Plans to overhaul the Human Rights Act have been described as a “blatant, unashamed power grab from a Government that wants to put themselves above the law”.
The proposals to prevent “abuses of the system” – which will be unveiled by the Justice Secretary in the Commons on Tuesday – have prompted a backlash from campaigners who say they are a “threat to how and when we can challenge those in power”, warning the rights of “ordinary people” could be “fatally weakened” by the changes.
Dominic Raab said the reforms will strengthen “typically British rights” and add a “healthy dose of common sense” to the interpretation of legislation and rulings.
But Martha Spurrier, director at human rights group Liberty, said: “This plan to reform the Human Rights Act is a blatant, unashamed power grab from a Government that wants to put themselves above the law. They are quite literally rewriting the rules in their favour so they become untouchable.”
“Rushed and oppressive Bills”
Accusing the Government of “systematically shutting down all avenues of accountability through a succession of rushed and oppressive Bills”, she added: “The Human Rights Act protects all of us. We lose it at our peril.
“It is an essential law that allows us to challenge public authorities when they get it wrong and has helped secure justice on everything from the right to life to the right to free speech.”
Sacha Deshmukh, the chief executive of Amnesty International, said human rights are not “sweets” ministers can “pick and choose from” and the “aggressive” attempt to “roll-back” the laws needs to be stopped.
He added: “If ministers move ahead with plans to water down the Human Rights Act and override judgments with which they disagree, they risk aligning themselves with authoritarian regimes around the world.”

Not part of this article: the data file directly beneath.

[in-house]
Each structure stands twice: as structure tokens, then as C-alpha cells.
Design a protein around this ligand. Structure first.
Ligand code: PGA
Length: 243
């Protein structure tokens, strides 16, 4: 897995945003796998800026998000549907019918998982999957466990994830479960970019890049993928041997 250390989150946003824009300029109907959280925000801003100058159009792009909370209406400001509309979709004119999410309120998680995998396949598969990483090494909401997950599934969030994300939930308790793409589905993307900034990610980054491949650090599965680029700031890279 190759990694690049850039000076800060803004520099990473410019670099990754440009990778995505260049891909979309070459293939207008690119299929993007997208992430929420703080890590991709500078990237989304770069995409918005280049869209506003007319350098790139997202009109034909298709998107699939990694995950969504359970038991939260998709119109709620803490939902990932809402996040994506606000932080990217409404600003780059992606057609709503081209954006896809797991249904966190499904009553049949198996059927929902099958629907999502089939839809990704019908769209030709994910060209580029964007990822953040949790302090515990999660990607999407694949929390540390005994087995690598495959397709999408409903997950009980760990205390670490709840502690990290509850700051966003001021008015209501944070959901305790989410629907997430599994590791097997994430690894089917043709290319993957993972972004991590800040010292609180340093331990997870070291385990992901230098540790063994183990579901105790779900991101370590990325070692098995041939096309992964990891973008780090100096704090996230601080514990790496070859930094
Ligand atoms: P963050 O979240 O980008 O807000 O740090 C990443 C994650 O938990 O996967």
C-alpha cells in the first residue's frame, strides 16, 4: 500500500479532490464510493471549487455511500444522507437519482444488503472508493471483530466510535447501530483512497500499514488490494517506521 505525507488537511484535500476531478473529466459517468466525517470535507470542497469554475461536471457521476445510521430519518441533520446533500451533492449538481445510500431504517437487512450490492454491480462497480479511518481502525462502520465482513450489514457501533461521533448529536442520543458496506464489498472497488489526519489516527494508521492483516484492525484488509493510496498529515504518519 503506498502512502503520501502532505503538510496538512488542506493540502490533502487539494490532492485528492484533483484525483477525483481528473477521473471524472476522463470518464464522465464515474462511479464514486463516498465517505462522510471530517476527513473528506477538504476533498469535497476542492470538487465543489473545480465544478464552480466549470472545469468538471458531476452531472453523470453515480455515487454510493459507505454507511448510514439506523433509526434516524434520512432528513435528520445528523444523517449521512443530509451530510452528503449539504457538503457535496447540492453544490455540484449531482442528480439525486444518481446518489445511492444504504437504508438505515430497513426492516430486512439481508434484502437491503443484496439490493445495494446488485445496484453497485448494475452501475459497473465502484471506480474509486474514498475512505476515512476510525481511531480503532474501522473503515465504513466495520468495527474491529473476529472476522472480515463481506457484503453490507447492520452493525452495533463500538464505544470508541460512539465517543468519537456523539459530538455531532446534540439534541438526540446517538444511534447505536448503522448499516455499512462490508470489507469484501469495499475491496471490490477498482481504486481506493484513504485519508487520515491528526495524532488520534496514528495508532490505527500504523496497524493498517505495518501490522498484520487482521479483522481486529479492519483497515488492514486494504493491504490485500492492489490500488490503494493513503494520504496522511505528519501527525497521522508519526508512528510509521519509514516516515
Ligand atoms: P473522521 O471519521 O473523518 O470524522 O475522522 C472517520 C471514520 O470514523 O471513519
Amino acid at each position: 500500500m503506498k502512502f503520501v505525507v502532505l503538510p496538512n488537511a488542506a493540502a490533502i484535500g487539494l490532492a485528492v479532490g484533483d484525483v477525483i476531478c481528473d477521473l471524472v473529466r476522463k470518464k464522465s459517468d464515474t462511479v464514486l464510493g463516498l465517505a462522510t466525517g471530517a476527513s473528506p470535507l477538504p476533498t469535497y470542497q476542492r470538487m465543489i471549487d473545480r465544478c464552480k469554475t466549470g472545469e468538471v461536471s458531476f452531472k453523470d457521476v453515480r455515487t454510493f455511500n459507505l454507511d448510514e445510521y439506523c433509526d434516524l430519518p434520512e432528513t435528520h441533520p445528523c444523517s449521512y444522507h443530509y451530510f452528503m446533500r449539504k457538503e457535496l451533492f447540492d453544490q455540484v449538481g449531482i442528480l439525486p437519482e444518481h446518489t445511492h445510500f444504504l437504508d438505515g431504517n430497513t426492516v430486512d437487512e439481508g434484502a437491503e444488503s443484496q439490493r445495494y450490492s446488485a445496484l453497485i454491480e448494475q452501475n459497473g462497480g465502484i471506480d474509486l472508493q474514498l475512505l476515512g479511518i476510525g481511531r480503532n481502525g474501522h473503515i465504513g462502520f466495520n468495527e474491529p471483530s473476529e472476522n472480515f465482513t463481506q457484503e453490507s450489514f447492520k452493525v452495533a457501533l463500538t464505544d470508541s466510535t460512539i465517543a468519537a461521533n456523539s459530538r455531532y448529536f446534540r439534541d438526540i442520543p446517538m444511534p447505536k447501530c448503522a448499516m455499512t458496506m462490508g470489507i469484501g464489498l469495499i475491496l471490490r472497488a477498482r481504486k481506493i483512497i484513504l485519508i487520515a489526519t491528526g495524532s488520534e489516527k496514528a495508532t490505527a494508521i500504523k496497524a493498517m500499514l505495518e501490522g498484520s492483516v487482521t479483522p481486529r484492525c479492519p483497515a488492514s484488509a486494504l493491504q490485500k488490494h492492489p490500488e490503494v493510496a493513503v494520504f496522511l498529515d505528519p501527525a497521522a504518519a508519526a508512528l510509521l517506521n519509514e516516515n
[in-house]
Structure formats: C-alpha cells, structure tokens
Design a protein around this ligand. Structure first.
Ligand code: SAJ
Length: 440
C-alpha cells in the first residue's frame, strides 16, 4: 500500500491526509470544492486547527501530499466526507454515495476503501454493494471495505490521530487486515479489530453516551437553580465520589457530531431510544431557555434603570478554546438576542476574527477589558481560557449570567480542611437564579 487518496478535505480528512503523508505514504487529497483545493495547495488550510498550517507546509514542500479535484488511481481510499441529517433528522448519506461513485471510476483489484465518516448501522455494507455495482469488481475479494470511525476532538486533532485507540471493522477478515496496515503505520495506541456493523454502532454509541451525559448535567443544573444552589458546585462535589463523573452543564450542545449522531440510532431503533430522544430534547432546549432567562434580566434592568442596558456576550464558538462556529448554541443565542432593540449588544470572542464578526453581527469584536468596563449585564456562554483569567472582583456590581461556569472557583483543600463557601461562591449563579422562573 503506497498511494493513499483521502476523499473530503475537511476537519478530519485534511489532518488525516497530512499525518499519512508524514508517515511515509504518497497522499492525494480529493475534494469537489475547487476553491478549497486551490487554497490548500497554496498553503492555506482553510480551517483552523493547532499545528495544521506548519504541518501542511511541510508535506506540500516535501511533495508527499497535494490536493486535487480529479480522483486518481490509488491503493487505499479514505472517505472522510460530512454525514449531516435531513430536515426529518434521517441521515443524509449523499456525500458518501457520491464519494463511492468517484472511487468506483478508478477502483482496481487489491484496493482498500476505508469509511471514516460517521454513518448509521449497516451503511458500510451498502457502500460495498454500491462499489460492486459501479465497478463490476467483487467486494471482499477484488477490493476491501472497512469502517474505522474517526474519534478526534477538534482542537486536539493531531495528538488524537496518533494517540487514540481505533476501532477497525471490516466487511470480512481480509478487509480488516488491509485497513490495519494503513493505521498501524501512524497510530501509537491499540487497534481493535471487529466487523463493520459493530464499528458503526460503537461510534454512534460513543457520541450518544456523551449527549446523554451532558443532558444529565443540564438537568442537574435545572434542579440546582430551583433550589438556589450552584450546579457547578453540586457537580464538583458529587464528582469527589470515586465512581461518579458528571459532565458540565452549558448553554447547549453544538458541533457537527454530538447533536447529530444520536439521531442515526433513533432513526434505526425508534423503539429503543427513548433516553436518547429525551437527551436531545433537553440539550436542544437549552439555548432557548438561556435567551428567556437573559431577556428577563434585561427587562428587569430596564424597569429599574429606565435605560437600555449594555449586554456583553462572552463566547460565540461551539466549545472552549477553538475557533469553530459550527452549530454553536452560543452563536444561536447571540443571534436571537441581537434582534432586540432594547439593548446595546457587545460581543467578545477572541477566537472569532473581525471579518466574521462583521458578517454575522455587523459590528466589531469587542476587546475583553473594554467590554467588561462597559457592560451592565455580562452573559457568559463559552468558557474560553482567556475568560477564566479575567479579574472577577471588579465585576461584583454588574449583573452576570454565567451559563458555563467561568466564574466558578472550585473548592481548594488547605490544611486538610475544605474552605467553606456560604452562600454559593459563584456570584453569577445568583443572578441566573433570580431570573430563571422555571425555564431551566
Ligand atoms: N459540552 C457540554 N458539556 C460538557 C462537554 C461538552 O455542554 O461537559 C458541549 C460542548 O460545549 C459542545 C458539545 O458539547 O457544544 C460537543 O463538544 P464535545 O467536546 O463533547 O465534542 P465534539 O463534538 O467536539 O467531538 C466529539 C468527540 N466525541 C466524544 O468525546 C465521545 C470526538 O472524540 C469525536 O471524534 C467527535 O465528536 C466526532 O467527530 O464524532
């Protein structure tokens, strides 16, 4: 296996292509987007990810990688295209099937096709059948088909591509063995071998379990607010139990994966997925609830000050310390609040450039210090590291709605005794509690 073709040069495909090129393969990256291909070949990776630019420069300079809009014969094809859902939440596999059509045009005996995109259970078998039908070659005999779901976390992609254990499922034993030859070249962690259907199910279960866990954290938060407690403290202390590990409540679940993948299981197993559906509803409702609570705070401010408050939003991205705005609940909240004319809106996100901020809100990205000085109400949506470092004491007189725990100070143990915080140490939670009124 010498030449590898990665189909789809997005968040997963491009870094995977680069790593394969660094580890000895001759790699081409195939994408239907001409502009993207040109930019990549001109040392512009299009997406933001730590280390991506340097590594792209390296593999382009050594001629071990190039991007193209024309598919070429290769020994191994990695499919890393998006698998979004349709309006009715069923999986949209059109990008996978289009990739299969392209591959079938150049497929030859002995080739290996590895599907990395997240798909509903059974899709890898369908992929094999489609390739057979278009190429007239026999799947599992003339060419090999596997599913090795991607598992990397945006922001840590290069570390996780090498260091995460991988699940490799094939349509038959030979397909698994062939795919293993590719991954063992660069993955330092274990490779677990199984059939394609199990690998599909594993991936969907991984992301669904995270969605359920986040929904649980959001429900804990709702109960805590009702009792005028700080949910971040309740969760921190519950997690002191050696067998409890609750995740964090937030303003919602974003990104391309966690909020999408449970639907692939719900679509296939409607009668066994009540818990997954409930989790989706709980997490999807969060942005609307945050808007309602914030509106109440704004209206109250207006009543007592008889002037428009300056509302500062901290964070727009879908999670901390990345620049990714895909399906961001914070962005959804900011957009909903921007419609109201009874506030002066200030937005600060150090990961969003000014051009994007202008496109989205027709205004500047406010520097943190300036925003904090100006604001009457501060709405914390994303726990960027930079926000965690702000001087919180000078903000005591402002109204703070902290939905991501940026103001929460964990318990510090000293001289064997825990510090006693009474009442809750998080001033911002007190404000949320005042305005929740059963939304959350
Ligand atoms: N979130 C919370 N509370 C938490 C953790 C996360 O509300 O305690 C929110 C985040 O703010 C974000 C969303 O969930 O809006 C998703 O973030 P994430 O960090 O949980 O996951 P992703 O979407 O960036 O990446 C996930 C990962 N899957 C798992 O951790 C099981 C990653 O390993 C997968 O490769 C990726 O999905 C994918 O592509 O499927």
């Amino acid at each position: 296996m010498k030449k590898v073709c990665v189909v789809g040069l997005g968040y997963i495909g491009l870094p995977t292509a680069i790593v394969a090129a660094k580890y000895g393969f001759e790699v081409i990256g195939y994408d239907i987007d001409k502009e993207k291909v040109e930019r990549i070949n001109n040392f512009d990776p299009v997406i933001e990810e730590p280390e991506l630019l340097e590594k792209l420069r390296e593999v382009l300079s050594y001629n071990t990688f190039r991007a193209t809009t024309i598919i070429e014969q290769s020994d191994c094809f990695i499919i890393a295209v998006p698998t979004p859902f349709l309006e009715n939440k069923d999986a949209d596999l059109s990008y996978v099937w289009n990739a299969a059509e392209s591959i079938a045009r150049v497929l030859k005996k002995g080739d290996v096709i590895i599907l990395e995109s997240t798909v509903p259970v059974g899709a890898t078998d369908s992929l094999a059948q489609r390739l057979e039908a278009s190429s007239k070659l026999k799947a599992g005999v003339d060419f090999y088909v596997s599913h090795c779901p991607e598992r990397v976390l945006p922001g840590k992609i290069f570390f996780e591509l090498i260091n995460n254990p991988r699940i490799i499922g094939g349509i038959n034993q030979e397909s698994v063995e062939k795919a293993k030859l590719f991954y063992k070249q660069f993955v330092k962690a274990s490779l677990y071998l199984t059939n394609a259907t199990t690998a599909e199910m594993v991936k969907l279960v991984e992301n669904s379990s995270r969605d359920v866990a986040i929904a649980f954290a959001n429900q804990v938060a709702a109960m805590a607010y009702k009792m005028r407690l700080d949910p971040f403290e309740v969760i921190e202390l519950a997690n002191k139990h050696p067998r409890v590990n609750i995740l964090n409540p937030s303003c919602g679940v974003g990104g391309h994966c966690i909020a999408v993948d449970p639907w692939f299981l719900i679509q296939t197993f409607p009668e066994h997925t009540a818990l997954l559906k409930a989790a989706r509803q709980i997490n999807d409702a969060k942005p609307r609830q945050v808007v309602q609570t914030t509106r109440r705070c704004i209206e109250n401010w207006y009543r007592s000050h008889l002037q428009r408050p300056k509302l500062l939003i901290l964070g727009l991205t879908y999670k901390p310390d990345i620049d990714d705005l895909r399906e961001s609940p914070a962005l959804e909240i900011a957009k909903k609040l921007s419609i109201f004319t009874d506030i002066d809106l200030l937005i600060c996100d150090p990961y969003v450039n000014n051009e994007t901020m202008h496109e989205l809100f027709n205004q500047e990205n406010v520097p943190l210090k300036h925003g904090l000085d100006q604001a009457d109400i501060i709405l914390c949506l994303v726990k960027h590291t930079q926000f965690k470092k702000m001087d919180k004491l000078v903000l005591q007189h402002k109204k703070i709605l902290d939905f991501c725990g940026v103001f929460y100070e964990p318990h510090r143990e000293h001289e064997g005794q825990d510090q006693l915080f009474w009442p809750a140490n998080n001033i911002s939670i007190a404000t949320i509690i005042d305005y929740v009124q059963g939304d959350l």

Law Society of England and Wales president Stephanie Boyce said: “People from all walks of life rely on the Human Rights Act to uphold and protect their rights.
“Any reform of this subtle and carefully crafted legal instrument should be led by evidence – not driven by political rhetoric … We trust that government’s final proposals will preserve the UK’s deserved reputation as a global leader in upholding human rights both domestically and on the international stage.”
The findings of a review of the Act are expected to be published alongside the launch of a three-month consultation asking for views on the plans, which have been named the Bill of Rights.
Writing in The Times, Mr Raab outlined four key reforms that will be introduced by the new Bill of Rights.
Firstly, he said the bill would “strengthen” free speech, by replacing “court-innovated” privacy law. He added that this will allow for more “rambunctious” debate.
Secondly, the bill will draw a “clearer demarcation” between the separations of powers between the courts and parliament by ending the need for the UK’s courts to take into account the case law of the Strasbourg Court.
Thirdly, it will end the practice of the UK’s courts altering new legislation, leaving that to “elected lawmakers” in parliament.
Finally, a “permissions stage” for human rights claims will be introduced. Applicants will be required to demonstrate they have suffered “significant disadvantage” before claiming compensation for breaches of their human rights. Courts will then take into account the “wider public interest” and the behaviour of claimants before making any payouts.
Right to family life
According to the Government, it is estimated that as many as 70 per cent of successful human rights challenges are brought by foreign national offenders who cite a right to family life in the first instance when appealing against deportation orders. Although it has so far been unable to supply figures on how many cases this involves.
Mr Raab’s plan to rewrite the Act is the latest attempt by Tory ministers to tackle the legislation, which enshrined the European Convention on Human Rights (ECHR) into domestic law.
The Government said it still intends to adhere to the ECHR, with Mr Raab telling MPs last month there was a “clear argument” to retain it, but a “very strong case for an overhaul of the procedural framework of the Human Rights Act”.